People shower a lot. On average, every day. Scientists seem to think that the amount we need to shower is more like once or twice a week. I’m on the scientific end of the spectrum in winter, and more average in summer when it’s disgustingly hot here. My main problem with showers in winter is that eventually you have to get out of them.
So apparently daily showers are yet another thing we were convinced to do by advertisers, in order to sell more product. Not quite as stupid as douching with Lysol or pouring Listerine on your head, but still not anything like as useful as we believe.
I’m a very evidence-driven person. When I moved to the USA and discovered toothpaste brands were different, I read Consumer Reports to find out what they had found was most effective, bought that, and learned to like it. A year or two ago I heard there were some better options, so I read more reviews and started buying a different toothpaste. And yes, toothpaste is worth using — though mostly because of the fluoride. Actual differences in cleaning between pastes are pretty minimal, and most of the add-on features (whitening! breath strips! advanced!) are useless or purely cosmetic.
Fancy electric toothbrushes, on the other hand, are a pretty clear win. As with the pastes, though, most of the add-on features they try to upsell you are useless, so just buy the cheapest one.
So when I see a new product claim, I tend to be pretty skeptical. A few weeks back I was at the drugstore looking for some glucosamine/chondroitin tablets that weren’t the size of horse tranquilizers, because I was having to crush up the ones I had bought the last time, and they taste disgusting. My particular problem is my knees — generally one of them will flare up for no readily apparent reason, and be painful for some months.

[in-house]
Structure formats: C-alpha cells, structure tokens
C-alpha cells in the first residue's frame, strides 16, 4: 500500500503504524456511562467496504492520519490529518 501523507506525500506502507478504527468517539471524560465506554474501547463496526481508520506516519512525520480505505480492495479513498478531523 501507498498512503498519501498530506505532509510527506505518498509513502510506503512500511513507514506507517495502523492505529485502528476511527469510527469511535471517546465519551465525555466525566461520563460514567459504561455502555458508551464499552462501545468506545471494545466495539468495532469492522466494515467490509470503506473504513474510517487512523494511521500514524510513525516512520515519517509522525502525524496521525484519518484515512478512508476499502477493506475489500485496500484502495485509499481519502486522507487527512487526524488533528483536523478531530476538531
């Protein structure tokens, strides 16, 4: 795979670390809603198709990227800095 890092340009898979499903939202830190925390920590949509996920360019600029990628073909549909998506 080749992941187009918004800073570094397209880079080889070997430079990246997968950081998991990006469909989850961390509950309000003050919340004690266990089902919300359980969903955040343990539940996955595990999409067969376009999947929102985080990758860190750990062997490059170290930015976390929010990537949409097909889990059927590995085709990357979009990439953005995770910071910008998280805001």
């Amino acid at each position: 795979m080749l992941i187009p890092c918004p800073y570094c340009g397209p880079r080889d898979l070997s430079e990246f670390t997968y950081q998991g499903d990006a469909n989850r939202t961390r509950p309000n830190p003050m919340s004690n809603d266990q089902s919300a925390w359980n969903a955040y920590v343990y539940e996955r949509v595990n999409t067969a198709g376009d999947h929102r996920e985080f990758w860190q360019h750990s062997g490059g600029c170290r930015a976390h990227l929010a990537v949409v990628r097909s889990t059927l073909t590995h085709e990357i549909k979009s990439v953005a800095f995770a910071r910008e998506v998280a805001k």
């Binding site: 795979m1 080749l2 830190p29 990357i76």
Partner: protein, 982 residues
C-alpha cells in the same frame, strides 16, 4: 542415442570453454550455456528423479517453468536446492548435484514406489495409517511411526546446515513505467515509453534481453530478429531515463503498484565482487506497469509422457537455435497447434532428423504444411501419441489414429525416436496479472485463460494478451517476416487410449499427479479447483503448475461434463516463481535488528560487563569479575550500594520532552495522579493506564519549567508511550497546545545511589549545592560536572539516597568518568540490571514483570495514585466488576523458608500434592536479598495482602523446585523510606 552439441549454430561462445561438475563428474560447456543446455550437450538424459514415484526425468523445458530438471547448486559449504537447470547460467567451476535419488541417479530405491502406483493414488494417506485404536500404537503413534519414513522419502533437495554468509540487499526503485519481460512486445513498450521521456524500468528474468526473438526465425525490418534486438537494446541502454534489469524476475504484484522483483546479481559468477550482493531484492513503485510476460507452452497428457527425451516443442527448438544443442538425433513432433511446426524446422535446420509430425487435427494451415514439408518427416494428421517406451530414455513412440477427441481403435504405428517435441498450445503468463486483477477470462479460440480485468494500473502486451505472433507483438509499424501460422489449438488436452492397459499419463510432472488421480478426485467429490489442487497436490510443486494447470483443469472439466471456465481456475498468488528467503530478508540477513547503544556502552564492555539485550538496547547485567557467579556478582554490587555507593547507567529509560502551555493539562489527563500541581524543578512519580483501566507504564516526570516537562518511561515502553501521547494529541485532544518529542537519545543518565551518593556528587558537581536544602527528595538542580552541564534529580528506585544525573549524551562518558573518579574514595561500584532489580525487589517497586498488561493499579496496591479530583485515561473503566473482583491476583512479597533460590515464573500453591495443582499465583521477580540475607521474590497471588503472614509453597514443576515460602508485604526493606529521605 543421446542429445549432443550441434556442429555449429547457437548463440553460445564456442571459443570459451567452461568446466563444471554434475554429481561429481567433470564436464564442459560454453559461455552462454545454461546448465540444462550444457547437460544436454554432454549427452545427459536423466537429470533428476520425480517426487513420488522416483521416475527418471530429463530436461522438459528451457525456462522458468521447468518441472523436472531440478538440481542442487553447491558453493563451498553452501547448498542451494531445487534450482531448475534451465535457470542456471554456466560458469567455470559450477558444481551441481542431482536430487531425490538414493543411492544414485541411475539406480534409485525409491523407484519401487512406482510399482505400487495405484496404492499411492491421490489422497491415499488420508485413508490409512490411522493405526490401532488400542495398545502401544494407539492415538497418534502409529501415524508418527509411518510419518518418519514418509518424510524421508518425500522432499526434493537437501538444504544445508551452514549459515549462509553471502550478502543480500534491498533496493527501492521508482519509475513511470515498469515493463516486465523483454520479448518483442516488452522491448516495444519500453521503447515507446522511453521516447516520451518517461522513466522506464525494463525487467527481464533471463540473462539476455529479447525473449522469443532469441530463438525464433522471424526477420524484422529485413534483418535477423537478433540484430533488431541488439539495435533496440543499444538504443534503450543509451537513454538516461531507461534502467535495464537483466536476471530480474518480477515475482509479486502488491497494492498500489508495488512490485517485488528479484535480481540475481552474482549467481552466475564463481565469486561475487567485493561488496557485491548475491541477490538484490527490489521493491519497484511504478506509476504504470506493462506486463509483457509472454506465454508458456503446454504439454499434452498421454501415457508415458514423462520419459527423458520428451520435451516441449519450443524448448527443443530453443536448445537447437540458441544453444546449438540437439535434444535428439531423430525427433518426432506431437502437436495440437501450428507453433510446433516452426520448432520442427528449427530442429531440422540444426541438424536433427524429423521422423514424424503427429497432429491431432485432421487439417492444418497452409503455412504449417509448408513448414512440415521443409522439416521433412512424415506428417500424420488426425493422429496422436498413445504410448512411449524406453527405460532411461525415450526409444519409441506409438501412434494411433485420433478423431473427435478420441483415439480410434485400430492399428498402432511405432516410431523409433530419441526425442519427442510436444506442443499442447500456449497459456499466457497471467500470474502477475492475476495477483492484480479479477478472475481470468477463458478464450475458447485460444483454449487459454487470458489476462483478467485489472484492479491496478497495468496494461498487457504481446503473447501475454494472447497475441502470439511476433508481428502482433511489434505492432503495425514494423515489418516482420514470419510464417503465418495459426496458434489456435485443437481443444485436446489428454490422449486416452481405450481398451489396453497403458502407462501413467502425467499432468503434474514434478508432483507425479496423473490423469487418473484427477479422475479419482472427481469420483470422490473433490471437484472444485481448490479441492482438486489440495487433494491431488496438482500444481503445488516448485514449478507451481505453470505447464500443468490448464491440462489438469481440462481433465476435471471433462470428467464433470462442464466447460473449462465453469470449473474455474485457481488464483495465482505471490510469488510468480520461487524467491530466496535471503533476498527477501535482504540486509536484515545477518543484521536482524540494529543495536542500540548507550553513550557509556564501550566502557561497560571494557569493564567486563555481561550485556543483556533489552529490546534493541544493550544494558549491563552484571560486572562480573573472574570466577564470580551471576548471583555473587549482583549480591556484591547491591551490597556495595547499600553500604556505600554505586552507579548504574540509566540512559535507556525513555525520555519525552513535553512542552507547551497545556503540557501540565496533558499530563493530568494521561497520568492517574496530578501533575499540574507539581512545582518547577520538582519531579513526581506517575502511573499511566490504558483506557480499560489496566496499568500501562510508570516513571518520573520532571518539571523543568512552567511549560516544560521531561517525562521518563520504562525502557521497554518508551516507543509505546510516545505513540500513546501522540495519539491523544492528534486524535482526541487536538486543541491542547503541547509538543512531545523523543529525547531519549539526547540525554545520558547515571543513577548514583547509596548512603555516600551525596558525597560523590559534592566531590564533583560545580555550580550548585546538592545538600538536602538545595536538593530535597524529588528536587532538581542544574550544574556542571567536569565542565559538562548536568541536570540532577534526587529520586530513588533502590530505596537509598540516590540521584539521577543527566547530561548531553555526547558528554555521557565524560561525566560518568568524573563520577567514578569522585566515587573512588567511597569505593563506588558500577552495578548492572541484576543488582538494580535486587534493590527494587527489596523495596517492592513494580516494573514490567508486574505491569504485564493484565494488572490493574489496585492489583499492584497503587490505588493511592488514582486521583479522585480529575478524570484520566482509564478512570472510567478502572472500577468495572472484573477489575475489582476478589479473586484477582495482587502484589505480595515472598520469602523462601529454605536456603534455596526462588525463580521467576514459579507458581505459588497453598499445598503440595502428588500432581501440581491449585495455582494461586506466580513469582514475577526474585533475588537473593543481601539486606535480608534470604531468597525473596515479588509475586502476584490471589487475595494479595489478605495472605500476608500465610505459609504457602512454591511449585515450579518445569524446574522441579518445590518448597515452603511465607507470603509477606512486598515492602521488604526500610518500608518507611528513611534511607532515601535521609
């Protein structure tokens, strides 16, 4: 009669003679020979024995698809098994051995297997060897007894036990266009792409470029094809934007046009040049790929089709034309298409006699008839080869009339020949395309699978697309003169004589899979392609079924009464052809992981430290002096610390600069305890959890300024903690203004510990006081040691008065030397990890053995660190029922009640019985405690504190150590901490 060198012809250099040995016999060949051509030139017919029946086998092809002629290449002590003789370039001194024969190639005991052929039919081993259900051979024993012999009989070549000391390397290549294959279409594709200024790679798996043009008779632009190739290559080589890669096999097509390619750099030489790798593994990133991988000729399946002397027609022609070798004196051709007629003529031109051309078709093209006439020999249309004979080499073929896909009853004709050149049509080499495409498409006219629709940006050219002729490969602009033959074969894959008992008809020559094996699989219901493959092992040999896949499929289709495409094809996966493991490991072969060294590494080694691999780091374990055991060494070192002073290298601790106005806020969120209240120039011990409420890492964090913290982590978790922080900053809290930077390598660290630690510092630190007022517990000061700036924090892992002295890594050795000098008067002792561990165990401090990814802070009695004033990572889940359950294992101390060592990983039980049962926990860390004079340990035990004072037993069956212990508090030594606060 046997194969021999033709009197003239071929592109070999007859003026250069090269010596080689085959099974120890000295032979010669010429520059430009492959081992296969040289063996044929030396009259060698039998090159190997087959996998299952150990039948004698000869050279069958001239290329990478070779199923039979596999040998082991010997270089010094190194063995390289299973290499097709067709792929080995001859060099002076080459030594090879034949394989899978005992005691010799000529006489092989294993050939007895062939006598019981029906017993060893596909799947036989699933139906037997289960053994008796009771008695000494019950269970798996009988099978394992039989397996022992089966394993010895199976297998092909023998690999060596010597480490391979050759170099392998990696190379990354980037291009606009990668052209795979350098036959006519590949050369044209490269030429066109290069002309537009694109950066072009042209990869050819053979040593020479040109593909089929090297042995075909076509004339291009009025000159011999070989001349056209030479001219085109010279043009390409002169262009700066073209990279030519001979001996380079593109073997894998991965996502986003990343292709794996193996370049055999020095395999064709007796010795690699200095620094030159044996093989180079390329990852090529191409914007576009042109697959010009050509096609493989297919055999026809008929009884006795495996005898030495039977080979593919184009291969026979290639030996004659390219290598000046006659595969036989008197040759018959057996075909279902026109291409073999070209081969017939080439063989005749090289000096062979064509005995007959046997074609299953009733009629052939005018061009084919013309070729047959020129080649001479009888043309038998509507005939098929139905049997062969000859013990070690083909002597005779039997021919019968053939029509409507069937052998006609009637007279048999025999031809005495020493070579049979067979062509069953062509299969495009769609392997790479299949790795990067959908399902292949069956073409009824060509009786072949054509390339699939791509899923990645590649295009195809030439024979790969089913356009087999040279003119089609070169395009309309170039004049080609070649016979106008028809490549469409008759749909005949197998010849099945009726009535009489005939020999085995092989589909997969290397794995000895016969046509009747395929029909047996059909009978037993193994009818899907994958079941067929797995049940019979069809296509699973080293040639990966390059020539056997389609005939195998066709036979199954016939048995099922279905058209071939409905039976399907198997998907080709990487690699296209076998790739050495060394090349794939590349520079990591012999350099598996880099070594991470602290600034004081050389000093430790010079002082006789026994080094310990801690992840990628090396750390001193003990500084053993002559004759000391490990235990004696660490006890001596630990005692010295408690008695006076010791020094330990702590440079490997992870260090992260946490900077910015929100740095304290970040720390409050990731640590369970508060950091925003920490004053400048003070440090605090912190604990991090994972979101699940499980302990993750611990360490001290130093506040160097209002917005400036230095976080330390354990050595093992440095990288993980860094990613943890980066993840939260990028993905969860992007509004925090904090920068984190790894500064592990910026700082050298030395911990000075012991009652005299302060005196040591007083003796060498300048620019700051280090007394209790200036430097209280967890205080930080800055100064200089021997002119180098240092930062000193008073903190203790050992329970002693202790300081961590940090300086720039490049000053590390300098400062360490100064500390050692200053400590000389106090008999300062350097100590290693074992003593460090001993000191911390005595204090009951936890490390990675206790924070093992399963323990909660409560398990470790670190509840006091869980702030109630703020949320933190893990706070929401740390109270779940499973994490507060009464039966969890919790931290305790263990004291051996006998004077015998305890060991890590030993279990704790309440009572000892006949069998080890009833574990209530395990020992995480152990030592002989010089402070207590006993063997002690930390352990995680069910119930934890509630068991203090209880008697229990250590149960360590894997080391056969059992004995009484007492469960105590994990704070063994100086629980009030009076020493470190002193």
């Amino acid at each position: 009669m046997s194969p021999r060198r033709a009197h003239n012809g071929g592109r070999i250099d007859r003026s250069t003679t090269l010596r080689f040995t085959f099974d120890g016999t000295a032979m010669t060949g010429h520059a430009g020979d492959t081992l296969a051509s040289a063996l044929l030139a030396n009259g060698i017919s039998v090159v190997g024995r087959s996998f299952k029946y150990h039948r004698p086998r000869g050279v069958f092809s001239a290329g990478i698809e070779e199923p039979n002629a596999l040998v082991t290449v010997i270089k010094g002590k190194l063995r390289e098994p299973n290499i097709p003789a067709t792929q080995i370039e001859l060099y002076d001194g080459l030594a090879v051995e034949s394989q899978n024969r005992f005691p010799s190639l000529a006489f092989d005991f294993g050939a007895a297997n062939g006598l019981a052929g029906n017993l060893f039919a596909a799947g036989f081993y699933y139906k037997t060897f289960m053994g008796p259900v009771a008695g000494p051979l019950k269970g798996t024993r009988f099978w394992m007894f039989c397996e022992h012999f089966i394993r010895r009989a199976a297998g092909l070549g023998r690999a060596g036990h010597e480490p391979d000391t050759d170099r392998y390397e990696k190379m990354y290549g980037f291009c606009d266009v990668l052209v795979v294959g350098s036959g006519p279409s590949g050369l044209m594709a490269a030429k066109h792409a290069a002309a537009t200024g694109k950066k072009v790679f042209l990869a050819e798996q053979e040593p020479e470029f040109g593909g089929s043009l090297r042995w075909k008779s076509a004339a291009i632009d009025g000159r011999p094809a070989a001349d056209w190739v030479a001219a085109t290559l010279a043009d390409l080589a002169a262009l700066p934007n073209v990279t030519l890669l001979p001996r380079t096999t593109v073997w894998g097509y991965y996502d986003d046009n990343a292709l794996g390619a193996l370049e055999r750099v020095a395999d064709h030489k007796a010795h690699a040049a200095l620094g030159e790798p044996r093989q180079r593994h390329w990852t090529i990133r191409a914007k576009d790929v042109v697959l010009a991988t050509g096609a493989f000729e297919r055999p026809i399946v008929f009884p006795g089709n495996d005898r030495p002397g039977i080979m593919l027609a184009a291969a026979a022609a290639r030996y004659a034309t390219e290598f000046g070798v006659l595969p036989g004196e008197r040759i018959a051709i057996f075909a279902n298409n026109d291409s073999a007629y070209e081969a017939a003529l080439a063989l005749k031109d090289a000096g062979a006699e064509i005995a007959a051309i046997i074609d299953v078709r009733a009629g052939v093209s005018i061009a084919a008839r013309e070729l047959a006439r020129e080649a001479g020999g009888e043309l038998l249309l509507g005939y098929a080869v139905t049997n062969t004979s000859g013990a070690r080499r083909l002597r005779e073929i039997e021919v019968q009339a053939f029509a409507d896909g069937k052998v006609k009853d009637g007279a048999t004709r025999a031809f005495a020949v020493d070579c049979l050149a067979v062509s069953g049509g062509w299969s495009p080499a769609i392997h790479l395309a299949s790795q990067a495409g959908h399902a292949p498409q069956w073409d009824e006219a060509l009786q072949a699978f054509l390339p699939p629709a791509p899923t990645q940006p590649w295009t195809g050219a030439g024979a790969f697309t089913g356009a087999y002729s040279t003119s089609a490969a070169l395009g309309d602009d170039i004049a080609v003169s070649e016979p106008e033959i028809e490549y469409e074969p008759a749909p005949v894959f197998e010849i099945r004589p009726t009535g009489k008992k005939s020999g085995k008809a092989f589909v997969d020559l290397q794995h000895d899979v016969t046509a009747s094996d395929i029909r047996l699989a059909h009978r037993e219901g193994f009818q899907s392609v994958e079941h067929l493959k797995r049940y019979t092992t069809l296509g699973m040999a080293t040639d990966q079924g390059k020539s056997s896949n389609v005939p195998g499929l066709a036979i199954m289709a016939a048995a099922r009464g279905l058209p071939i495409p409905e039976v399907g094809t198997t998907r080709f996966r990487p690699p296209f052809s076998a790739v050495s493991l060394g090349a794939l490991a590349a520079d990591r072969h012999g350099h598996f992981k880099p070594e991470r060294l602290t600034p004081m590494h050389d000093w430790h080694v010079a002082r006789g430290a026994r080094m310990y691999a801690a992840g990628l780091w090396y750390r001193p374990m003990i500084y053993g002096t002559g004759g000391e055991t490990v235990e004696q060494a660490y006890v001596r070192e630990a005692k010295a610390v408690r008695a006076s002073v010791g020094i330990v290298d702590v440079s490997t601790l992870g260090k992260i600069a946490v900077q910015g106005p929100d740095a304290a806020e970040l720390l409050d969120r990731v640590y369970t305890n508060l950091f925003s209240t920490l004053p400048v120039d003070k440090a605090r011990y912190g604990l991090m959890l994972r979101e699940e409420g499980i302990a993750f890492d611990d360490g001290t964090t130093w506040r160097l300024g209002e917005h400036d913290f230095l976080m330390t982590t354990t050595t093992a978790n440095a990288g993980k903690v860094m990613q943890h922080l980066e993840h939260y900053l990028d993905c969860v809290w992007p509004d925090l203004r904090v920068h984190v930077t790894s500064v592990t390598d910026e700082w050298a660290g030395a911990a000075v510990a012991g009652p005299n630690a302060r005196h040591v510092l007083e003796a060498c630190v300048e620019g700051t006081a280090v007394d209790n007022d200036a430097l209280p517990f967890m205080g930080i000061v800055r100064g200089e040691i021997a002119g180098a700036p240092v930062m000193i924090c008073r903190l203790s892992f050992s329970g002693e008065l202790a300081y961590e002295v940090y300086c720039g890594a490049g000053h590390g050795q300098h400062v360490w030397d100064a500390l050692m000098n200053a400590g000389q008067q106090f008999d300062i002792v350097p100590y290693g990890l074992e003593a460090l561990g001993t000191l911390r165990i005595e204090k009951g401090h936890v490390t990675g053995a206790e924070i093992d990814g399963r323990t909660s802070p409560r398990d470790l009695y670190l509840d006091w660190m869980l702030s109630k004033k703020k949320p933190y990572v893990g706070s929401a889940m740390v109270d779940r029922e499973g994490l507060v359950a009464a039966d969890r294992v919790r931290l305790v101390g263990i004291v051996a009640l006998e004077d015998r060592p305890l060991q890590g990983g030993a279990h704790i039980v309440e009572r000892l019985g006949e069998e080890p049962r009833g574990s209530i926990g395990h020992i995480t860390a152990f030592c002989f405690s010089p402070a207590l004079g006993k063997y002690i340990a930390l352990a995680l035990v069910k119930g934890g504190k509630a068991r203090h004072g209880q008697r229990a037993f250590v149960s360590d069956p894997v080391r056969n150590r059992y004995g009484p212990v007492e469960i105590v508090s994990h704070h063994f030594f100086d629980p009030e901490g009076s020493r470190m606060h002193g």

I saw new tablets that claimed to be good for joint health. They contain “UC-II®” collagen. Thanks to the wonders of today’s smartphone technology, I could do a quick Google search on the spot, and I found a paper suggesting that UC-II is at least somewhat effective against arthritis pain. So I decided to try them. They worked! Much more effective than glucosamine/chondroitin, and they’re tiny.
This made me think (not for the first time) that what would be really useful would be a web site called “Bullshit or not?” where you could enter a product claim and get a quick summary of whether that claim is true, complete bullshit, undetermined, plausible but with weak evidence, and so on — followed by links to relevant studies. A kind of Snopes, but specifically for consumer products. If anyone knows of such a site, I’d be interested to hear about it. Obviously there are sites like RationalWiki, but they lack a good enough search engine and strong consumer focus. Consumer Reports often answer the questions, but the info is usually buried in articles about how to buy a category of product.